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Temperature too high at idle

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mpelley92

New Member
Joined
Mar 11, 2017
I have an MSI GTX 980 Ti Gaming 6GB and because of stuttering, throttling and temperature issues, I decided to modify the BIOS using "Maxwell BIOS Tweaker". It was successful, I upped my power limit to 134% and upped my voltage to 1.23 V. I realize with higher voltages, comes higher temperatures, but my idle temps I believe are a little too high.

Ambient: 21 C
Card at idle: Core 1265 MHz, Memory 1984 MHz, 57 C, 1.112 V

This was an issue even before the flash. I was able to modify the fan profile and make it so at idle, my fan speed is around 43%. This problem confuses me, because I thought these "Twin Frozr" coolers were supposed to be efficient. Right now, my card throttles at 88 C, which is nicer than throttling due to power.

I'm thinking that I may have an issue with thermal paste being bad, so I'm going to try and apply some new stuff tomorrow.

As for the temperature issue, is there any way to use Maxwell BIOS Tweaker to down clock the core and memory at idle? I run dual 144 Hz monitors, so that may also be causing the issue of the card not properly idling. I have used Nvidia Inspector in the past force a down clock, but I had so many issues with it that I had to give it up. It would randomly down clock during gaming, which obviously isn't desirable.

I'm not all that familiar with Maxwell BIOS Tweaker. There are some guides I have found from Google, but none of them really explain what I need to change in order to achieve my goal.

I basically want to be able to down clock the card to 300 MHz at idle, and lower the memory at a respective amount, as well as the voltage, so the card isn't consuming a lot of power and can actually run at a lower temperature.

Thanks in advanced to anyone who is able to help.
 

DeclaredSnow

Registered
Joined
Mar 8, 2017
Location
OSLO, NORWAY
21 C as idle temps? that's good, what is the idle fan speed? it wont be cooler then the room temp anyway.

I believe my card is at 27C on idle / OS browsing etc. with the fans off. on full load, overclocked at 2139/4500 ish the temps font go higher then 66C, but this is with an 1060, they are a lot cooler then the highter tier cards so really not to be compared.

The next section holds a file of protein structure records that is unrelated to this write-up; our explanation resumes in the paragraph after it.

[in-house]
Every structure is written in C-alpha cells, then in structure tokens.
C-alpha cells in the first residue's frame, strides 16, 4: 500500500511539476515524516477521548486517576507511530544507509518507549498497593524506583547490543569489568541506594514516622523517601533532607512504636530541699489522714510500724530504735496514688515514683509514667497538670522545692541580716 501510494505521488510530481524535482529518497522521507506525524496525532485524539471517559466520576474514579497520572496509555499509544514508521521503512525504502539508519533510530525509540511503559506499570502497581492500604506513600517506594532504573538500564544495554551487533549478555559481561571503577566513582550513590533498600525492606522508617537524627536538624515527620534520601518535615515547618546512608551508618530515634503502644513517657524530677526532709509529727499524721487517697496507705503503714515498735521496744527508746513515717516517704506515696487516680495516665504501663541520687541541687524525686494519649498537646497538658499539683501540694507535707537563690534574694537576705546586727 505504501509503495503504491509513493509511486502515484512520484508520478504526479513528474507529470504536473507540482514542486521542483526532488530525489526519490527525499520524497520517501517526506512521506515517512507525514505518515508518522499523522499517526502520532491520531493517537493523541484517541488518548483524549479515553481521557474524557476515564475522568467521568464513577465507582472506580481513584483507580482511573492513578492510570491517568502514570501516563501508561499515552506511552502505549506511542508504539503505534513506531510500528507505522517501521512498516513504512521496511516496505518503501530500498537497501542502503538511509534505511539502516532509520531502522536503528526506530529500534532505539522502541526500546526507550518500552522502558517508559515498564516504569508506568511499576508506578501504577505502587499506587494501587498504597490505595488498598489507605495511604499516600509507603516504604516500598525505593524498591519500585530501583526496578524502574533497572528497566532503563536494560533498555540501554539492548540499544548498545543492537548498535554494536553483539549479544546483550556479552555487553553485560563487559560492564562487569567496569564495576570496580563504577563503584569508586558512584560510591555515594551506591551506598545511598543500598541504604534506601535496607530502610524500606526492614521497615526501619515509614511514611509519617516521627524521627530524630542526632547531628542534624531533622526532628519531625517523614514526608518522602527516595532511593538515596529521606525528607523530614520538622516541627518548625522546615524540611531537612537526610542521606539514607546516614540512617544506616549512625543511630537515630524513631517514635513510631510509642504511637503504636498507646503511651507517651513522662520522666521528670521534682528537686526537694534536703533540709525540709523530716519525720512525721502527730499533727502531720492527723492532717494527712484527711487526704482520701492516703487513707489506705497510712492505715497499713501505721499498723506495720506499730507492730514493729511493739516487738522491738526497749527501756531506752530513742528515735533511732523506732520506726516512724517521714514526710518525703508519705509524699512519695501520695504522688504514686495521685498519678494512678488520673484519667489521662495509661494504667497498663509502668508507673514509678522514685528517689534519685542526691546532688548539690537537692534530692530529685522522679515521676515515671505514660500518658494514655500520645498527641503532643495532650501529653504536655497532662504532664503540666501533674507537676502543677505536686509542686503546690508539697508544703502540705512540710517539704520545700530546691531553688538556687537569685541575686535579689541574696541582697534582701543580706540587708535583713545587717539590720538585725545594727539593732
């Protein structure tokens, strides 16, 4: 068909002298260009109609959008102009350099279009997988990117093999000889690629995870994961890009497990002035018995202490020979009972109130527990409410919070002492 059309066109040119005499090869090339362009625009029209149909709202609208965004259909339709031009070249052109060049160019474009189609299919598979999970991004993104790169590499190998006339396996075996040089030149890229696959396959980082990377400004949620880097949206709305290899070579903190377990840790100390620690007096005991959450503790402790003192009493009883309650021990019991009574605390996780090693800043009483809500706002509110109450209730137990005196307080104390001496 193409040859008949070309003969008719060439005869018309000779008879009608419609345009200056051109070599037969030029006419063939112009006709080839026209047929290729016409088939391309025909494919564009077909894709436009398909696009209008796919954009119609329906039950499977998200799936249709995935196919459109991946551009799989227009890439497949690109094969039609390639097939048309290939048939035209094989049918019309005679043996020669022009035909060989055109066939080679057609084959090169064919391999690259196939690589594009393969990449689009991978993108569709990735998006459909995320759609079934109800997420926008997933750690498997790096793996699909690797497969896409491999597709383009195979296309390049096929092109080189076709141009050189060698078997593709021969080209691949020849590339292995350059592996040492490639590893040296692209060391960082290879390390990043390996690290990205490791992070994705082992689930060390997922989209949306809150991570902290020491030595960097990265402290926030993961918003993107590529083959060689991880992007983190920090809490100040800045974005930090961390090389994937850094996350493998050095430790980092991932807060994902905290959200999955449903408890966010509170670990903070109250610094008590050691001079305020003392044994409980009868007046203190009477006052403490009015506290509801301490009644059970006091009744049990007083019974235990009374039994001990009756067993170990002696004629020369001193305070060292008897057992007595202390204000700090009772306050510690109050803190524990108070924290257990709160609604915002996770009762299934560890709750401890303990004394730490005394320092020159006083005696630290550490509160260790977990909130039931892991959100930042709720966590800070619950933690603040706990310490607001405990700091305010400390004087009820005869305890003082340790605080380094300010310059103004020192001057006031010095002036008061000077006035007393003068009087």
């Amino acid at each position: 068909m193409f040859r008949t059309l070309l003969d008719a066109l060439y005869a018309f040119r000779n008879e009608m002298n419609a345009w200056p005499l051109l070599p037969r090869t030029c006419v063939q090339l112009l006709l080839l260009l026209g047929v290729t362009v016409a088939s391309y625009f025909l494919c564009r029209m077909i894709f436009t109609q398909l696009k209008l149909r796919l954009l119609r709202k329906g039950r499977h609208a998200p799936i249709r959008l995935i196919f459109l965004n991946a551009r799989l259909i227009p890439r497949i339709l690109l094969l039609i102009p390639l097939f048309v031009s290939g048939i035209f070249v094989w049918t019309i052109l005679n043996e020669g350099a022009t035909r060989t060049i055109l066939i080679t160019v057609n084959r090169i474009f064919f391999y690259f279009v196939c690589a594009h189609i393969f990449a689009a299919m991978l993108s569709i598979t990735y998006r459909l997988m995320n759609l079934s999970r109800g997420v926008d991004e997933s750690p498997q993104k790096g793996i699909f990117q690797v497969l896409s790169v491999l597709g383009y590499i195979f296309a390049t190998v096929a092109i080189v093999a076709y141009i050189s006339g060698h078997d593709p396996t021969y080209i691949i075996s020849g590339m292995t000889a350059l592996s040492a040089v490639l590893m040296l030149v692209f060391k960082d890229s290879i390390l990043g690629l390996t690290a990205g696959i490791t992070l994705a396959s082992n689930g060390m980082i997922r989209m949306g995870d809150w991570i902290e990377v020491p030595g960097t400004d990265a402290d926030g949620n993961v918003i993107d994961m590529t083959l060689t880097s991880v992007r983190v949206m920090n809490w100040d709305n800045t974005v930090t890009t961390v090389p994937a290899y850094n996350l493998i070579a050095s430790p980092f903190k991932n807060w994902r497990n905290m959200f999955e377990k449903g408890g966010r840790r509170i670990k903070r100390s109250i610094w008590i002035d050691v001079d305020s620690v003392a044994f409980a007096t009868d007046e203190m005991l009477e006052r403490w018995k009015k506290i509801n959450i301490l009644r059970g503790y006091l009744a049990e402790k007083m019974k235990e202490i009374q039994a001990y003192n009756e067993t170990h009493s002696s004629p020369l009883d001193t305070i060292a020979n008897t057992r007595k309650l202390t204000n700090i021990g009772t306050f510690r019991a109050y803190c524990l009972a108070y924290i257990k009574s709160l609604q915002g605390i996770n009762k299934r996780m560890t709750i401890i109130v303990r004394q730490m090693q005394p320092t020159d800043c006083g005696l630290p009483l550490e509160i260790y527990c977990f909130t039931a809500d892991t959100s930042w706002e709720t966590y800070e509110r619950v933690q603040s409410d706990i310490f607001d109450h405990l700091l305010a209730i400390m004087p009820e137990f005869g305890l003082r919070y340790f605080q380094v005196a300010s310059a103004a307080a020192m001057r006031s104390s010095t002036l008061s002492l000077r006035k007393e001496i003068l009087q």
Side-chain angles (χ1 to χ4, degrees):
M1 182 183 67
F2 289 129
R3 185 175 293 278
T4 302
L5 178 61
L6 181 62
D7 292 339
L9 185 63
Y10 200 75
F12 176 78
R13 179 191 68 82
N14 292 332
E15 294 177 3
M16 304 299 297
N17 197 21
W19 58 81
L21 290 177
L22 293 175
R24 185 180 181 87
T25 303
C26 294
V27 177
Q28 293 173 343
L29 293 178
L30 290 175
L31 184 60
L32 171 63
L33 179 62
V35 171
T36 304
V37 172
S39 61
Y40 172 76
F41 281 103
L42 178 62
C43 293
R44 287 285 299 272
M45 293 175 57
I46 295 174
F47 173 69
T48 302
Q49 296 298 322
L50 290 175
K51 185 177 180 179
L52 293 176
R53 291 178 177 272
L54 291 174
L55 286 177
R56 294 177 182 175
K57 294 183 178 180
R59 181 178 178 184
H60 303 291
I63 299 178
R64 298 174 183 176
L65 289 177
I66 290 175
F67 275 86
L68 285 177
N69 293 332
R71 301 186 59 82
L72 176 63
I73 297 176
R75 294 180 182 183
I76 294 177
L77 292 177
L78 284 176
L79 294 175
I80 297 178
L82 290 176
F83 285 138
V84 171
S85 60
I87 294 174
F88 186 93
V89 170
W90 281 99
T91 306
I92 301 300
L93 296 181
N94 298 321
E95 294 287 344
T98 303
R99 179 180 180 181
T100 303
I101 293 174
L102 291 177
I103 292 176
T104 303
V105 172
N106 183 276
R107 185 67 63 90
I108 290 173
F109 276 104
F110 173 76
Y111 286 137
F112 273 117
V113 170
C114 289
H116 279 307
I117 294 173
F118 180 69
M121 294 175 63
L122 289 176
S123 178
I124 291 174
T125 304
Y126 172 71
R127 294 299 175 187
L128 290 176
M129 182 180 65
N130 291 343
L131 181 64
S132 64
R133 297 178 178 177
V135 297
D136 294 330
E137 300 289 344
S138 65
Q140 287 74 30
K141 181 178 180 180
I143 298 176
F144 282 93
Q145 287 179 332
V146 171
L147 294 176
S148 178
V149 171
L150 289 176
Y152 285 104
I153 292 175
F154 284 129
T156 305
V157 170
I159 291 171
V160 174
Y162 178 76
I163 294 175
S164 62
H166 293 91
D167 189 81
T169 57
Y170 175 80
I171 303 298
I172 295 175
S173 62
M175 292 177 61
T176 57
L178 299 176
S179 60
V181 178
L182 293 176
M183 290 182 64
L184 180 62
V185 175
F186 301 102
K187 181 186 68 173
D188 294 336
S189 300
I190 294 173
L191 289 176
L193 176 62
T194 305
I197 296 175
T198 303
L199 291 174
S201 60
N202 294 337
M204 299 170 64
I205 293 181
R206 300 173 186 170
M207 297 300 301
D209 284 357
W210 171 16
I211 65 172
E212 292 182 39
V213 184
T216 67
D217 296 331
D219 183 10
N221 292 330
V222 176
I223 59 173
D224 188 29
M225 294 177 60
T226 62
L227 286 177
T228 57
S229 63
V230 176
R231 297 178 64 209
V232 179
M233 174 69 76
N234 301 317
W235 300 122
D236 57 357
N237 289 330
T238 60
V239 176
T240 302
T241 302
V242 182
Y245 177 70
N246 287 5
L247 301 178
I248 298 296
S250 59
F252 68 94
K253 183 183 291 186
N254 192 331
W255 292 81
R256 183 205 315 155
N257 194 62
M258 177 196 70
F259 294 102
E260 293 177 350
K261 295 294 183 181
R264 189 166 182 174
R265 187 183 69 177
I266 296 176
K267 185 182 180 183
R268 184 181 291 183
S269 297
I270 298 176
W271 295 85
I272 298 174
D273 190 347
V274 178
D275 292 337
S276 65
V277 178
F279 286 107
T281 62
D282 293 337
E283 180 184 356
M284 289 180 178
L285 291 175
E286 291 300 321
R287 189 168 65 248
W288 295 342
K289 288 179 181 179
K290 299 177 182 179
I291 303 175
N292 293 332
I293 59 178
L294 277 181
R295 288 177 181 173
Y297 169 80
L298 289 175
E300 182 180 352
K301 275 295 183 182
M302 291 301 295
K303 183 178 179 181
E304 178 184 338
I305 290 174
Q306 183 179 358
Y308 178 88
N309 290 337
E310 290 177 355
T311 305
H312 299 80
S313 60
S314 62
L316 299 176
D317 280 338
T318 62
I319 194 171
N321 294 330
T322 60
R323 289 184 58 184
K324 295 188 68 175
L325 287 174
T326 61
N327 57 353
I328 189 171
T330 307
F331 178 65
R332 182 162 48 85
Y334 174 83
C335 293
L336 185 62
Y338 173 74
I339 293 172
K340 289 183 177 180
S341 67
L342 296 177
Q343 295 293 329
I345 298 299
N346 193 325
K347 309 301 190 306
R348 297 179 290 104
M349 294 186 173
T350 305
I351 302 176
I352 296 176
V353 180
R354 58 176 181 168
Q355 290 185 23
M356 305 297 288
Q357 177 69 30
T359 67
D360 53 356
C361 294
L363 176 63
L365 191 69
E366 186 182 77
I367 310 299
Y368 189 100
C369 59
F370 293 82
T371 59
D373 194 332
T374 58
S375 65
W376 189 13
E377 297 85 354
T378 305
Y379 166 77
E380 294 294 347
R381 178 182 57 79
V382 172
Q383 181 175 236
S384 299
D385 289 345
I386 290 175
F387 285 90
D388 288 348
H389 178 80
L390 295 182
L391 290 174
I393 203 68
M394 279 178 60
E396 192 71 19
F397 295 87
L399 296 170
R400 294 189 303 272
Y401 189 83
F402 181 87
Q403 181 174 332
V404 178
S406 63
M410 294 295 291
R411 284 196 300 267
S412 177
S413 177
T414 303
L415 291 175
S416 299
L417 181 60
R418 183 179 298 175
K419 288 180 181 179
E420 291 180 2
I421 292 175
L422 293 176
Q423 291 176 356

but 21C on idle. your house must be cold af :p anything under 30C at idle is in my opinion good.
 
OP
M

mpelley92

New Member
Joined
Mar 11, 2017
21 C as idle temps? that's good, what is the idle fan speed? it wont be cooler then the room temp anyway.

I believe my card is at 27C on idle / OS browsing etc. with the fans off. on full load, overclocked at 2139/4500 ish the temps font go higher then 66C, but this is with an 1060, they are a lot cooler then the highter tier cards so really not to be compared.

but 21C on idle. your house must be cold af :p anything under 30C at idle is in my opinion good.

21 Degrees Celsius is the ambient temperature of my household, which basically means air temperature. The only reason I added that bit of data was because internal component temperatures can change even with a few degrees of temperature difference. My card stock, with stock bios, stock drivers, no overclocking application, idles at around 54-56 degrees Celsius. I've fixed it since writing this post.

The program I was using before is a part of NVIDIA Inspector. It's called "Multi Display Power Saver". I was using this program before, but did not understand how to properly use it. I never added programs to the list, instead I chose to "Activate Full 3D by GPU Usage - Threshold". This caused the card to change power states very frequently, which was not the desired effect.

I simply added each of my Full 3D applications, which were mostly all video games.

When no games are running, it reverts to the P8 state which is 135.0 MHz core, and 202.5 MHz Memory. Idling at 32 Celsius, which is what I wanted it to do in the first place. It's a shame NVidia won't fix this problem in their drivers. Everything runs wonderfully (1080P and 4K movies, Google Chrome) at 135/202, there is absolutely no reason they cannot make this the default behavior.

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